There are those who love wine and then there are those who live for it. Thanks to the hard work and dedication of two live-for-it wine directors, Tavola and Fleurie have earned an Award of Excellence and a Best Award of Excellence, respectively, for the first time from Wine Spectator magazine.
“I’d love for Fleurie to, in time, become a wine destination restaurant and awards like this certainly help spread the word,” says Erin Scala, the sommelier at Fleurie and Petit Pois (as well as a contributing writer for C-VILLE Weekly) for the past two years.
“The magazine seeks out the best wine lists from [applicants] around the globe by comparing each restaurant and winery’s food, presentation of list, diversity, size of selection and level of commitment to providing a solid wine experience,” says Gillian Sciaretta, Wine Spectator’s director of restaurant awards program.
The list of 3,595 wine selections includes 2,414 in the Award of Excellence category (including The Downtown Grille), 1,093 in the Best Award of Excellence category and just 88 in the Grand Award category. All 50 states and nearly 70 other countries and territories were represented in this year’s list.
At Tavola, wine director Wells Blanchard says he has “a fondness for rare and obscure grape varietals” and is able to combine quality and affordability in wines with these features. He inherited a list that had most of the famous Italian regions represented, as well as some California and French, then tailored it to make half the wines Italian, categorized by light, medium and full-bodied to aid in customer selection.
“Being honored with an award as a family-owned restaurant with a list of only 95 wines —well, it makes me proud,” says Blanchard. “It’s also nice because everyone looking for a Spectator-rated restaurant now knows that Tavola has a list that they can get into.”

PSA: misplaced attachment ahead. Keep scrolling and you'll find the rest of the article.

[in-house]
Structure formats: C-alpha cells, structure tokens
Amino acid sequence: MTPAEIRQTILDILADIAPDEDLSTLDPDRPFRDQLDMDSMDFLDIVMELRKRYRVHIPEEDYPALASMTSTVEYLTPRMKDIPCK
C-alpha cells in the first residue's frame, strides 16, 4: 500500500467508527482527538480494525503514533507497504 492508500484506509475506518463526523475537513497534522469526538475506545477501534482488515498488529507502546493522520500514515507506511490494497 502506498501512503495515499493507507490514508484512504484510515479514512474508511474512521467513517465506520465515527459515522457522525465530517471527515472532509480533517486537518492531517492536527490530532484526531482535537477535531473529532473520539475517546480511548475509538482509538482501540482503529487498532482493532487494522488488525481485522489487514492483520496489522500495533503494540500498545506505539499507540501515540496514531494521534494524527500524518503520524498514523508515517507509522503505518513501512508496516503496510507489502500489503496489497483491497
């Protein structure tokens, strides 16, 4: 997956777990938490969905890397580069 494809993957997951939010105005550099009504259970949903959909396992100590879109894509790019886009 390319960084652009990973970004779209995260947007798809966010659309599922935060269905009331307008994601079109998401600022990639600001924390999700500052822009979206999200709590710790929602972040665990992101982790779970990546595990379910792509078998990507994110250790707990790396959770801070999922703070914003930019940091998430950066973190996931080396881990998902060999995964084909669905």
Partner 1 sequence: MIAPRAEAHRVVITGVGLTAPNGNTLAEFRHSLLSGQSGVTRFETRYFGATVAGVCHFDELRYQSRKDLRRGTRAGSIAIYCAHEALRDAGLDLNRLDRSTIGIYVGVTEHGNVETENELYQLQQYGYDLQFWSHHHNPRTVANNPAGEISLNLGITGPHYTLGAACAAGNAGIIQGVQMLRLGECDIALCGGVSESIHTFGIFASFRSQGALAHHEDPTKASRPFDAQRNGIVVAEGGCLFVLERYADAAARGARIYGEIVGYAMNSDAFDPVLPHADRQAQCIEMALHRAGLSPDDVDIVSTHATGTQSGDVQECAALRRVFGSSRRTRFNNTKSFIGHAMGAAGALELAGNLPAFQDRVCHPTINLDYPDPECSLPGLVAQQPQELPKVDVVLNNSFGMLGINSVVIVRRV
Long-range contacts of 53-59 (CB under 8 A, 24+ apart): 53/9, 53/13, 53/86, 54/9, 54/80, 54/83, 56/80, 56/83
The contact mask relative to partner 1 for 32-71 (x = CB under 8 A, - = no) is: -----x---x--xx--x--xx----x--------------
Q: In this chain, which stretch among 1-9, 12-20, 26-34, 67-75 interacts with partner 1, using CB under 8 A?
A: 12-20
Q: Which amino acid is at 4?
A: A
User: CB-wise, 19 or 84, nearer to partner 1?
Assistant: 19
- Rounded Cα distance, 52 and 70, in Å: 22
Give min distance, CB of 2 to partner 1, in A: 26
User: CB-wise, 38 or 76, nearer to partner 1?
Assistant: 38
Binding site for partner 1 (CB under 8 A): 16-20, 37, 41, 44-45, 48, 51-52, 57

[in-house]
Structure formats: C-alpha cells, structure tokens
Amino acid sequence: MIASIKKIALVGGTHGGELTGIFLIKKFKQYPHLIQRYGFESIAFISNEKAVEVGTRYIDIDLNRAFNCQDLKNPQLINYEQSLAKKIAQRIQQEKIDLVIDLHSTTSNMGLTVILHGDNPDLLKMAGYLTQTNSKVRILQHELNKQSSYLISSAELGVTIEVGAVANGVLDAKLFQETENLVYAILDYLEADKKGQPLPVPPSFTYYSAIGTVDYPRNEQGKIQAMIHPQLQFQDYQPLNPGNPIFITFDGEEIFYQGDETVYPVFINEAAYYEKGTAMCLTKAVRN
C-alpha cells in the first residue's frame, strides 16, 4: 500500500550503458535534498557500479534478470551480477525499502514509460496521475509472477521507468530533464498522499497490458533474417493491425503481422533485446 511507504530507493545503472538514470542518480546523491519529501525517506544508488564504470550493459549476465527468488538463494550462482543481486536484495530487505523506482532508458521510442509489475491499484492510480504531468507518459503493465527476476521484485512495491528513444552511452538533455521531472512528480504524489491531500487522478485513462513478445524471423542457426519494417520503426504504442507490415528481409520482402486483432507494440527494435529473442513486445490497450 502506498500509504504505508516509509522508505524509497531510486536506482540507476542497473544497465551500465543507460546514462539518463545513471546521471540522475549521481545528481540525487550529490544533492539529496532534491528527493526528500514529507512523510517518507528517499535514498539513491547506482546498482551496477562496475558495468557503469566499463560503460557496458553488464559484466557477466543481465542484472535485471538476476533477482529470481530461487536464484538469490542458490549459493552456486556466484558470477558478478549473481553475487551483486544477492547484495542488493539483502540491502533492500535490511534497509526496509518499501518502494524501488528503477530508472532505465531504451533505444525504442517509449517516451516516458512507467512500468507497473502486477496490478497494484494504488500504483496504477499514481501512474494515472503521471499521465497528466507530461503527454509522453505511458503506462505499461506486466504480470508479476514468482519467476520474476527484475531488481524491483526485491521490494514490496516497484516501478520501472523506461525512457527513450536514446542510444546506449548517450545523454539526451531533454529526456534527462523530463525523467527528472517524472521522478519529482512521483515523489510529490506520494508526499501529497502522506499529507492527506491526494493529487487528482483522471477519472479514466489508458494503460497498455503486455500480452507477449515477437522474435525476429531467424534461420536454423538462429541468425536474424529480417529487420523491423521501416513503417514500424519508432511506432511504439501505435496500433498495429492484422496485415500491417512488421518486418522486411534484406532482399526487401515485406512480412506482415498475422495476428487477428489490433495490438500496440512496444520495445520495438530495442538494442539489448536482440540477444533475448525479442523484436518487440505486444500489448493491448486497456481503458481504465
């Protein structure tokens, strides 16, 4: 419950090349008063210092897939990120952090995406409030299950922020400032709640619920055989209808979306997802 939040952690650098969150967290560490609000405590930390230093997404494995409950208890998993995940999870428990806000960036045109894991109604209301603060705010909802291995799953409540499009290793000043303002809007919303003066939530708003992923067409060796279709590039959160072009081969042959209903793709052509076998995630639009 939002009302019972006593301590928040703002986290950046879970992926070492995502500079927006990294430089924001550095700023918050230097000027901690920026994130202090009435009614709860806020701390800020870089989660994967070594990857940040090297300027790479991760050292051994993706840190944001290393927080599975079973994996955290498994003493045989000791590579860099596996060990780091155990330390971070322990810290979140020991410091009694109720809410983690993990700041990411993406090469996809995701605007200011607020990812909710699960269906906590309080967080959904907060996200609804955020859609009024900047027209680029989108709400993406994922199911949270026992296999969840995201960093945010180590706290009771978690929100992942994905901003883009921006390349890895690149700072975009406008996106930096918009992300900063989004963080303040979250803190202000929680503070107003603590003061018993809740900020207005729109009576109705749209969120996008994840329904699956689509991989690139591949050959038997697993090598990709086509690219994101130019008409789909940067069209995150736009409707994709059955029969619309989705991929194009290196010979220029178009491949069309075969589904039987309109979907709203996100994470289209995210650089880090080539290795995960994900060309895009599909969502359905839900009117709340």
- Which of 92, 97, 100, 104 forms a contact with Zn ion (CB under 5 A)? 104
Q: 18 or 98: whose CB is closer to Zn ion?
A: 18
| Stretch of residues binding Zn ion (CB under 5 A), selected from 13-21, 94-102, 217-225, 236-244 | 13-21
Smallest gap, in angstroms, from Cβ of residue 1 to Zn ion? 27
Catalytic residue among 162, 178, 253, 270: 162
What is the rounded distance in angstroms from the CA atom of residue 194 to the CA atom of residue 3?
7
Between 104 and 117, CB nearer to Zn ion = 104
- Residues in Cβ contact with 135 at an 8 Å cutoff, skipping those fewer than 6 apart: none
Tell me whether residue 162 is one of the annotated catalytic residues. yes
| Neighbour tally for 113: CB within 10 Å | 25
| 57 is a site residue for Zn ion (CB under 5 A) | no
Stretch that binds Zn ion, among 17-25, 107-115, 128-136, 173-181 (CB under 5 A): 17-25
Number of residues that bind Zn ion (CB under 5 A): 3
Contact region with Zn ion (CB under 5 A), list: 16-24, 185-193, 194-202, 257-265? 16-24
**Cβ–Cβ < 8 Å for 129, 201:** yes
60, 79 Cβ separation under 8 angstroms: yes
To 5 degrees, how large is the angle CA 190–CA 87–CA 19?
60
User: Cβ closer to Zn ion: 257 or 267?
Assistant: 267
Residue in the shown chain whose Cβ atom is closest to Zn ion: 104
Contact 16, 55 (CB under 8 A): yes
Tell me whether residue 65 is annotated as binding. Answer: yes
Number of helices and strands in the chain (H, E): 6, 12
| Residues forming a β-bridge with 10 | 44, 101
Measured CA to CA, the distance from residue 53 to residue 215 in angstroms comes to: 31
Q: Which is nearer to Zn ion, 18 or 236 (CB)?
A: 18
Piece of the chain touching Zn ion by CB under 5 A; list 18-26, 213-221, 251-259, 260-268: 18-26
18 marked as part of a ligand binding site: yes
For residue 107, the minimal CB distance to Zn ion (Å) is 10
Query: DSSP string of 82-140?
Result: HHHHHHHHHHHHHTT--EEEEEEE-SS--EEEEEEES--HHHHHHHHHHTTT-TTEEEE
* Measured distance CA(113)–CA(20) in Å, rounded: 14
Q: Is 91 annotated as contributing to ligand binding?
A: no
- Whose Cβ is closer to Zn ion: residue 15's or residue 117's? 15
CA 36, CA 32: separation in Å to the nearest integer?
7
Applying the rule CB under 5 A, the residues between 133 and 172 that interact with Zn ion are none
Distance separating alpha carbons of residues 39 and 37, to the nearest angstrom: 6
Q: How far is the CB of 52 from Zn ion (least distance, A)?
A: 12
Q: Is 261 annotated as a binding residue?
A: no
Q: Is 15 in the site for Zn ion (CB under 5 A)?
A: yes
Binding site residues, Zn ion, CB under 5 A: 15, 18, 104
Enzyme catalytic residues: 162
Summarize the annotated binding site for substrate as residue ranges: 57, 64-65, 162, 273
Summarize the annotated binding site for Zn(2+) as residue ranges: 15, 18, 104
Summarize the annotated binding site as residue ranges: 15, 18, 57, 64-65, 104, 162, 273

Sciaretta found that Scala’s attention to detail is exactly why Fleurie made the list. The Fleurie wine list, which boasts more than 350 varieties, has great “vertical depth of producers, a superior presentation and a unique breadth across regions,” says Sciaretta.
But for Scala, it’s more than just an award. “Awards are always great,” she says, “but really the most important thing is that people have a nice wine experience when they come to dine at the restaurant.”
Beef—it’s what’s for dinner
In case you couldn’t get enough of Timbercreek Market at breakfast, lunch and snack time, it’s added dinner to its menu.
Beginning July 21, every Thursday through Saturday, Executive Chef Allie Redshaw will be easing the “what’s for dinner?” stress with a farm-to-fork menu that’s a smidge fancier than Timbercreek’s lunch menu, featuring beef tartare, stuffed pork loin and watermelon and beet salad.
Based on the success of its farm dinner and private events, Timbercreek decided it was time to take the plunge and join the supper scene. Make reservations at email@example.com.
Every so often Charlottesville boasts a beautiful, sunny day where the mere thought of sitting inside seems like a crime.
This, Orzo Kitchen & Wine Bar owner Charles Roumeliotes says, is the reason the restaurant decided to add a patio. In December, when Orzo expanded into The Frenchman’s Corner next door, it gained a third more space and access to the outside.
“It just made sense to add a patio because of that,” Roumeliotes says of the area that officially opened last week. “We were definitely at a disadvantage compared to other restaurants with outdoor seating in those shoulder months where it’s 70 degrees and people are looking for places where they can be outside.”
The design was completed in collaboration with resident artist Laura Wooten, and added eight tables—enough seating for 25 people.
Global grounds…Perhaps because UVA is always encouraging students to study abroad, the place that keeps those students awake on Grounds is too. Greenberry’s, a local, small-batch coffeeshop, is set to open its first location in Japan this fall. Pour me another…The Georgia peach may be a classic but right now it’s all about the Shenandoah Peach, from the Virginia Distillery Company. The drink is the first full-sized cocktail to be served at the whiskey company’s visitors center since the passage of a recent Virginia law allowing for a three-ounce serving per person, per day.